Third in the list, we have sustainable and local community based craft beer, COEDO. COEDO was founded by a family which started organic farming with the concept of ‘delicious foods from a reliable and trustworthy source’ in the early 70s in Kawagoe, Saitama Prefecture, a city known for its hundreds year-old agricultural traditions.

Thanks to their farming background, in 1996 they succeeded in brewing Beniaka, the world’s first beer made from sweet potatoes. These locally sourced sweet potatoes used to be thrown away simply because their size and shape were deemed too irregular to display in the supermarkets. This innovation saw Beniaka quickly become COEDO’s signature beer - it has remained an internationally recognised beer ever since.

COEDO, too, has won a sprinkling of awards over the last couple of years: 

  • 2017 Meininger International Craft Beer Award Silver Award
  • 2012 European Beer Star Gold Award
  • 2015-2017 Australian International Beer Award Bronze Award

COEDO's commitment to sustainability doesn’t stop there: it also extends to their brewery, too. Located deep in the 'burbs of Kawagoe, it’s surrounded by lush greenery providing an amazing supply of natural mineral water for the beer. After production, water waste is carefully filtered and returned back to nature and 100% of their spent grains and yeast are also supplied to feed local cattle. We reckon we’ll follow suit and not waste a drop!

COEDO can be purchased online from Beers of Europe

Non-Beer Alternatives

Hosting a non-beer drinker? There are a number of other popular Japanese drinks that you can easily concoct at home! For one, why not combat the heat with a Japanese ‘Izakaya’ classic - the Whisky Highball? Not sure what that means? Click here for a BBC Good Food recipe.

Classic Bar Snacks

Edamame

These beans are a staple of any Japanese bar experience. Usually they come complementary with the seating charge, but give them a sprinkle of rock salt and you’ll soon forget all about that.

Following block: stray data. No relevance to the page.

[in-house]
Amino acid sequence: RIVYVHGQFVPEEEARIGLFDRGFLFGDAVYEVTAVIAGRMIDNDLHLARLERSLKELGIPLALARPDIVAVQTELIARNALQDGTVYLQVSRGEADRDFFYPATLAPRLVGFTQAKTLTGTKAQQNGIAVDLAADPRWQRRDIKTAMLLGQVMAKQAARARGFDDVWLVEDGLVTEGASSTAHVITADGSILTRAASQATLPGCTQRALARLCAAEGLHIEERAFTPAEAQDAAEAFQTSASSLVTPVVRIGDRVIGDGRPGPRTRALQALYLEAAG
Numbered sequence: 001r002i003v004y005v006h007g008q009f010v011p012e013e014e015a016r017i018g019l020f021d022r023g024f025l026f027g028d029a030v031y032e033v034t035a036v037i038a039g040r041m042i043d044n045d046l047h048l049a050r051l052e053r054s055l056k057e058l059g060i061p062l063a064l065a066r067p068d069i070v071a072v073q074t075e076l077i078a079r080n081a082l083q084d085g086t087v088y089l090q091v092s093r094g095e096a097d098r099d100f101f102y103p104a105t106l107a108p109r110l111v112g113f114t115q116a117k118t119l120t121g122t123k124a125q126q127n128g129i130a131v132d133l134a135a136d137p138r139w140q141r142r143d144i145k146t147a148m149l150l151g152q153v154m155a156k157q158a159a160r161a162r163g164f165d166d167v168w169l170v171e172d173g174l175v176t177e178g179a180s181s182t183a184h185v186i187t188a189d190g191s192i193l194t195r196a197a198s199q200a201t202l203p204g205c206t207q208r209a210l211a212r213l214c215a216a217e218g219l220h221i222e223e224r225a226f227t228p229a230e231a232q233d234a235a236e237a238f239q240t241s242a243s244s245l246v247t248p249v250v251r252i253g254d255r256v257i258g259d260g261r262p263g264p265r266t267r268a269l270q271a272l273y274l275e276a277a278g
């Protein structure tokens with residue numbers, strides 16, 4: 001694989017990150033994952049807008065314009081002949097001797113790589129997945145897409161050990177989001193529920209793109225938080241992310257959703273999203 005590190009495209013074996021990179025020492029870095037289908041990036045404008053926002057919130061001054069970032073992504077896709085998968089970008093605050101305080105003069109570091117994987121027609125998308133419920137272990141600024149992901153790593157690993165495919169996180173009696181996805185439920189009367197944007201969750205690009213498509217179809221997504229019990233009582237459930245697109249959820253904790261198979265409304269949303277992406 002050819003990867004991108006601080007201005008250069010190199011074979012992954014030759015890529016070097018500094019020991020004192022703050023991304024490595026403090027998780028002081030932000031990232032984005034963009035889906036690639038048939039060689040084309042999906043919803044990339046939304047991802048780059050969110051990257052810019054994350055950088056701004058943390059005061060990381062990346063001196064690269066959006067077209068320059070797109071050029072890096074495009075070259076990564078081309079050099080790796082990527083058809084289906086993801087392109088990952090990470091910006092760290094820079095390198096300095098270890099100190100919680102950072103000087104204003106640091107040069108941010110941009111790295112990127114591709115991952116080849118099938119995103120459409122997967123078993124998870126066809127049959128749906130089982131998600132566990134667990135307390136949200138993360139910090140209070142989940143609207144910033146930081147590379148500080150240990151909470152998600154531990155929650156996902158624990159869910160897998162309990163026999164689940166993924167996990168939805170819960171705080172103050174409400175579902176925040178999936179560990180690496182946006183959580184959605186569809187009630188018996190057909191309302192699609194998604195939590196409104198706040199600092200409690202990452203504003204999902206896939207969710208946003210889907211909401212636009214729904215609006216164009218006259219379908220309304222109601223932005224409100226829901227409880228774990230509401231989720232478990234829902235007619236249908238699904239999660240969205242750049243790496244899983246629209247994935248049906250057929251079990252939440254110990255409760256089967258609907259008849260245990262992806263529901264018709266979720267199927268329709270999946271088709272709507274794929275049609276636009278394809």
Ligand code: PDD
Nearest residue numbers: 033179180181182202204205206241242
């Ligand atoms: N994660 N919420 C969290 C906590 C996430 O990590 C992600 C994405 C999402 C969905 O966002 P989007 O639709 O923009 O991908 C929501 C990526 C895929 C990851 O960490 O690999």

Gyoza Dumplings

Who doesn't love gyoza? We're undoubtedly going grilled/pan-fried - trust us, coupled with booze and sunny weather, gyoza really are the bomb. As for what's inside, it's up to you! Pork, prawn and mixed vegetable are the most popular options. Click here for a recipe - you'll soon be well on your way to cooking up juicy, golden brown parcels of goodness! 

French Fries

A worldwide favourite, there really is no excuse for its absence! The skinnier the more authentic. Try drizzling them with melted butter and soy sauce for an unexpectedly delicious flavour, or a dash of shichimi togarashi for that spice hit - stalls along Jizo-dori retro market street in Sugamo, Tokyo, even let you make your own blend of this stuff, tailored to all tastes.

Karaage (Japanese Fried Chicken)

KFC has a whole other meaning in Japan but we’re talking summer here, and not Christmas. Karaage deep fried Japanese chicken is the real deal and an absolute must for a night out sharing drinks with (meat-eating) friends. Make your own, get it as takeaway or buy frozen Karaage from the Japan Centre!

Yakitori 

The backstreet barbecue smash hit that always fills an empty stomach. Chicken is maybe the most popular type of yaki-tori skewer but the reality is you can - and Japan does - eat it with a wide variety of ingredients, from pork belly and quail eggs to mushrooms and spring onions! The 'Tare' sauce is key but have a look at an easy-to-make home recipe from the Japan centre; alternatively grill simply with salt, known as 'Shioyaki' in Japanese.  

Yaki Onigiri (Grilled Rice Ball)

Not such a beer garden staple but a sure fire hit at any BBQ in Japan. Simple, delicious and filling, these tasty little numbers make the perfect snack to help line the stomachs of your ‘thirstier’ friends... Click here for an easy-to-follow recipe! 

Yaki-Tomorokoshi (Grilled Corn On The Cob)

Finally, we have a fusion favourite sure to have you picking delicious BBQ flavours out of your teeth for the next couple of days. A great option for vegetarians of course. Click here for a recipe!